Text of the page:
Bottle Bill Resource Guide

Name  Beverage Container Deposit and Redemption Law
Purpose Litter reduction and recycling
Enacted 12 April 1978
Implemented 1 January 1980 (last updated in 2021)
Regulations Beverage Container Deposit and Redemption, R.C.S.A. §22a-243 - §22a-246
Beverages Covered

Before January 2023: [1]

  • Beer and malt beverages
  • Carbonated beverages (including mineral water and soda water)
  • Non-carbonated water

After January 2023: [2]

  • Beer and malt beverages
  • Hard seltzer
  • Hard cider
  • Carbonated beverages (including mineral water and soda water)
  • Non-carbonated water (including flavored water and plant-infused water)
  • Juice
  • Tea
  • Coffee
  • Kombucha
  • Plant-infused drinks
  • Sports drinks
  • Energy drinks
Containers Covered Any individual, separate, sealed glass, metal or plastic bottle, can, jar or carton containing a beverage. [3]
Containers Not Covered
  • Containers <150mL
  • Carbonated beverages in a container >3L
  • Non-carbonated beverages in a container >2.5L
  • Any containers for non-carbonated beverages that are not water (prior to 2023)
Amount of Deposit
  • 5¢ USD (before 1 January 2024)
  • 10¢ USD (after 1 January 2024)
Reclamation System Retail stores and redemption centers
Unredeemed Deposits

Prior to 2022: 100% returned to the State.

2022 onwards: Revenue sharing between distributors and the State, to be implemented on this schedule:

  • FY 22/23: 5% of unclaimed deposits to be kept by distributors
  • FY 23/24: 35% of unclaimed deposits to be kept by distributors
  • FY 24/25: 45% of unclaimed deposits to be kept by distributors
  • FY 25/26 and onward: 55% of unclaimed deposits to be kept by distributors [4]
Handling Fees

Before 1 October 2021:

  • Beer: 1.5¢
  • All other beverages: 2¢

Starting 1 October 2021: [5]

  • Beer: 2.5¢
  • All other beverages: 3.5¢
Redemption Rate

Overall Rate (Calendar Year): [6] [7]

2021: 46.2%
2020: 43.6%
2019: 50.3%
2018: 50.0%
2017: 51.7%
2016: 48.5%
2015: 51.1%
2014: 53.0%
2013: 57.4%
2012: 58.1%
2011: 50.8%
2010: 59.4%
2009: 63.8%

% of All Beverages Sold That Are Covered By Deposit 77% [8]



Connecticut first passed its container deposit legislation in 1978, and implemented it on 1 January 1980. It was the sixth US state to implement a bottle container deposit program.

Connecticut's bottle bill initially only included beer, malt beverages, and carbonated beverages, as they took the predominant share of the beverage container industry in the 20th century. However, with the rising popularity of bottled water, the Connecticut General Assembly passed three separate laws in 2009 that further expanded the program by allowing non-carbonated water to be redeemed, and "escheating" unredeemed deposits back to the State. [9] The 2009 expansion bill created a system for distributors to report income from deposits and return unclaimed deposits to the state; this data allowed the state to calculate quarterly and annual statewide redemption rates. This bill also created a "dislocation fund" for workers who lost their jobs due to the bottle bill.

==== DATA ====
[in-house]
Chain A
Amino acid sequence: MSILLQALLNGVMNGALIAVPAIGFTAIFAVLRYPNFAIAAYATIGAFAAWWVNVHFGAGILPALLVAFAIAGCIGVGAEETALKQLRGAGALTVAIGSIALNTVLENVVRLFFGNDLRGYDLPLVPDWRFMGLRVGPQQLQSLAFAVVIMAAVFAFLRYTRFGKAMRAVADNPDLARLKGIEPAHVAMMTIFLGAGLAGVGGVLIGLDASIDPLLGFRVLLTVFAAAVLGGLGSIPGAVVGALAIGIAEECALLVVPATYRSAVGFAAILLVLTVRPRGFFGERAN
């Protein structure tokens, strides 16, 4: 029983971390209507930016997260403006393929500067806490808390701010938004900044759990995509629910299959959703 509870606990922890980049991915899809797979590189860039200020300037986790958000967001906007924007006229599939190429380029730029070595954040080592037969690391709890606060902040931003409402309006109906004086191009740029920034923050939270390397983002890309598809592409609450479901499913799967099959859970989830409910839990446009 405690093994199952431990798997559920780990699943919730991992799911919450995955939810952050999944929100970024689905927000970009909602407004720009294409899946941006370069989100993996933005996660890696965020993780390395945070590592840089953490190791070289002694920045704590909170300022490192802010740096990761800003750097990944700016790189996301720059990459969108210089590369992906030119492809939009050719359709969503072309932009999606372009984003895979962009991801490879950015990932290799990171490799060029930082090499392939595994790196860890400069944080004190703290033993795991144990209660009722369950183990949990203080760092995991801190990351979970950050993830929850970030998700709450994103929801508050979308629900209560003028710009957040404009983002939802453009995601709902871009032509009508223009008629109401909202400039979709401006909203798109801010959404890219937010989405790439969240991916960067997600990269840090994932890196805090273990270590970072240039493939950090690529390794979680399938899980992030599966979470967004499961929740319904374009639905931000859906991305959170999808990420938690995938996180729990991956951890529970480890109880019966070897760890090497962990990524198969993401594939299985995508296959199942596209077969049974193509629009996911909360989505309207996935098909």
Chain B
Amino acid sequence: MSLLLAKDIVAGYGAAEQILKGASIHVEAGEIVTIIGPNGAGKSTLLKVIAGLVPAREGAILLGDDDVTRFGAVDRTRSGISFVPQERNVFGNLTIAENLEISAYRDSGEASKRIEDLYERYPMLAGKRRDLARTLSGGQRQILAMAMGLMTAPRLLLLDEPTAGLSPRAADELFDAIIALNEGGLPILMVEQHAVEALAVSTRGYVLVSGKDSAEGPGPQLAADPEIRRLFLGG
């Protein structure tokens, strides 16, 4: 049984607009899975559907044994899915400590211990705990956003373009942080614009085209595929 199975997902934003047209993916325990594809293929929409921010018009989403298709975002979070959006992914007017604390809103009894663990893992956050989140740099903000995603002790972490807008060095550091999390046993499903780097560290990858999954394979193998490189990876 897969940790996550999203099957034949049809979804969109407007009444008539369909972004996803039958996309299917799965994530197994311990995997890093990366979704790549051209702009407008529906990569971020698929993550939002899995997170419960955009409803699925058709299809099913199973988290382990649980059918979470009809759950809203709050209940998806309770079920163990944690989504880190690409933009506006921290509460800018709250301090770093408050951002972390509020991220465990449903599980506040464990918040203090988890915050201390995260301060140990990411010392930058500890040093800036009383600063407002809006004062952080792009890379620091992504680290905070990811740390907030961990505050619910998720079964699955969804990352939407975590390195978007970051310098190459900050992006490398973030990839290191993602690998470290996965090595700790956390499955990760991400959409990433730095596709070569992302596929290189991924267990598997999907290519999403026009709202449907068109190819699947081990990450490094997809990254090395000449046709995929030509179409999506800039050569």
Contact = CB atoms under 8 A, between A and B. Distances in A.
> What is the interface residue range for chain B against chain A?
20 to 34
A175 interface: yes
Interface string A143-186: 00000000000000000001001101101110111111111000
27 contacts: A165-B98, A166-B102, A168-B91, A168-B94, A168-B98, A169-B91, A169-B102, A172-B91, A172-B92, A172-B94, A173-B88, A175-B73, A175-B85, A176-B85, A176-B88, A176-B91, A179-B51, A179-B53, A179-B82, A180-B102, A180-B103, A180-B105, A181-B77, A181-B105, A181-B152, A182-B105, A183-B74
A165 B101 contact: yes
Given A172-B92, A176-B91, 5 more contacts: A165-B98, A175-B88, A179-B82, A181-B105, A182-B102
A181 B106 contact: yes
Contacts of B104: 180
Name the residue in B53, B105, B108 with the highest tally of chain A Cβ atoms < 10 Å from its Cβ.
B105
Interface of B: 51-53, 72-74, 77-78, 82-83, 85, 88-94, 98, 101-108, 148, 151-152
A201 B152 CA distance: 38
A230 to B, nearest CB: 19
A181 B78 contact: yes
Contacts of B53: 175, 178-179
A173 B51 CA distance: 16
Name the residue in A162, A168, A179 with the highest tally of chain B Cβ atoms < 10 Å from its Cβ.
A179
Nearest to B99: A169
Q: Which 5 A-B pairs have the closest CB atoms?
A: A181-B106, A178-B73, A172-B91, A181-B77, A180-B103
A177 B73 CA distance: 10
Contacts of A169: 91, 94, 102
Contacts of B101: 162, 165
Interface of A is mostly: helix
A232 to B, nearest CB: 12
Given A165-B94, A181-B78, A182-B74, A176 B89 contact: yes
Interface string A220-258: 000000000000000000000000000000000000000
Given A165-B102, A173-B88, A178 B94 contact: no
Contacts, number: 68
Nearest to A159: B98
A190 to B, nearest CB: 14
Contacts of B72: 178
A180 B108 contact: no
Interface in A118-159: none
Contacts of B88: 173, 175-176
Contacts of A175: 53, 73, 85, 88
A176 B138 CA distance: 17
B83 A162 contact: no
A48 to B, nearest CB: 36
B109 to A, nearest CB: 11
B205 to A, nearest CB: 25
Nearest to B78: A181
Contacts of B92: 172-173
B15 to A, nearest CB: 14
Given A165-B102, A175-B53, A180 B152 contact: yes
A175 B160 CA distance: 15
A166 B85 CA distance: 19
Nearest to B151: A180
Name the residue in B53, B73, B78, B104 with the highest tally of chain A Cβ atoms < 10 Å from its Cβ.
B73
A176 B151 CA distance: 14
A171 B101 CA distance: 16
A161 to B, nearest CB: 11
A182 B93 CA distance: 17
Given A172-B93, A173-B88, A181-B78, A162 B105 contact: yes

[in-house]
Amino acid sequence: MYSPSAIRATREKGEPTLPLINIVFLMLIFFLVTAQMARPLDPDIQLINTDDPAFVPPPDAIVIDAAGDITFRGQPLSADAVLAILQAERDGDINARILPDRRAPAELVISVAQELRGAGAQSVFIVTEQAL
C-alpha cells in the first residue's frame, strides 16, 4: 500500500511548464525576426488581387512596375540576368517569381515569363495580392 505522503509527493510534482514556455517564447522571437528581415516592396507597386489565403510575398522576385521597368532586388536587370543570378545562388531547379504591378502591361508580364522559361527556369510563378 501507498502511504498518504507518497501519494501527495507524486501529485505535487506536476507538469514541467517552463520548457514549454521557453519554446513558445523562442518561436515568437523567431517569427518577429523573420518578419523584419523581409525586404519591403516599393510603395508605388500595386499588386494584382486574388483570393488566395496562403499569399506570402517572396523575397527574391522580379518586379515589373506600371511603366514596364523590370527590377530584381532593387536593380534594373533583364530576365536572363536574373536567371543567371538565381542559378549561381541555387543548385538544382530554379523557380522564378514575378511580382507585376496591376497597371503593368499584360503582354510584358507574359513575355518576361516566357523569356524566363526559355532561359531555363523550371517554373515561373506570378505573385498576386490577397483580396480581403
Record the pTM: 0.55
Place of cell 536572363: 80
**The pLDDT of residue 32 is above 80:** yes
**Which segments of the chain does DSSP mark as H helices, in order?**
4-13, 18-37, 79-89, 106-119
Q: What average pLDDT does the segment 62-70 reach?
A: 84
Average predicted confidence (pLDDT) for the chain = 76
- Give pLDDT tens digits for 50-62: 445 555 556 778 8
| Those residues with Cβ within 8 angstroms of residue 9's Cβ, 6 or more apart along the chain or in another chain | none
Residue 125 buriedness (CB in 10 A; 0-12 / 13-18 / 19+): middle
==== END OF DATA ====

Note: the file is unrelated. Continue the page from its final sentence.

In 2021, Connecticut passed SB1037 to further expand the program, by raising the deposit values from 5¢ to 10¢ and the handling fee from 2.5¢ to 3.5¢, in order to modernize the bill to current levels of inflation and other trends. Eligible beverages now include non-carbonated beverages, wine, and liquor. More container types became eligible for redemption, specifically HDPE containers. Miniature "nips" bottles (≤50mL) had a 5¢ fee placed upon them which is not subject to redemption. These nips fees are instead collected by distributors and given back out to communities according to nips sales in those areas.

Certain retailers must now also have at least 2 reverse vending machines (RVMs) on site for consumer use. More redemption centers are planned to be built to help serve underserviced areas. All parts of the bill are expected to be implemented by 1 January 2024. [10] A timeline of the bill's implementation may be found here.

Consumers may redeem their deposits at either a retailer or a certified redemption center. Retailers must accept containers of brands that they carry. As of January 2021, there are 18 redemption centers that Connecticut consumers may visit to return their bottles. The list of redemption centers may be found here.



[1] "Bottle Bill FAQ." Connecticut Department of Energy and Environmental Protection. Last updated April 2020.

[2] Connecticut P.A. 21-58. No. 1037. 2021.

[3] Ibid.

[4] S.B. No. 1037. Session Year 2021. See our Fact Sheet here.    

[5] Ibid.

[6] "CT Bottle Redemption Data." Connecticut Department of Energy and Environmental Protection (DEEP). 2021.

[7] Private correspondence with Chris Nelson, Connecticut Department of Energy and Environmental Protection (DEEP). May 2022.

[8] "2019 Beverage Market Data Analysis." Container Recycling Institute. 2022.

[9] See Footnote 6.

[10] See Footnote 2.


Last Updated on September 20 2022.

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Contact - Connecticut

For information on labeling requirements, please contact your government agency.


Laura Pointek, MPH
Environmental Analyst
Waste Engineering and Enforcement Division
Connecticut Department of Energy and Environmental Protection
79 Elm Street, Hartford, CT 06106-5127
P: 860.424-3499|E: [email protected]

Chris Nelson, Supervising Environmental Analyst
Department of Energy & Environmental Protection (DEEP)
79 Elm St., Hartford, CT 06106
phone: 860-424-3454 [email protected]


Connecticut PIRG
2074 Park St #210
Hartford CT 06106
Phone: 860 233-7554
[email protected]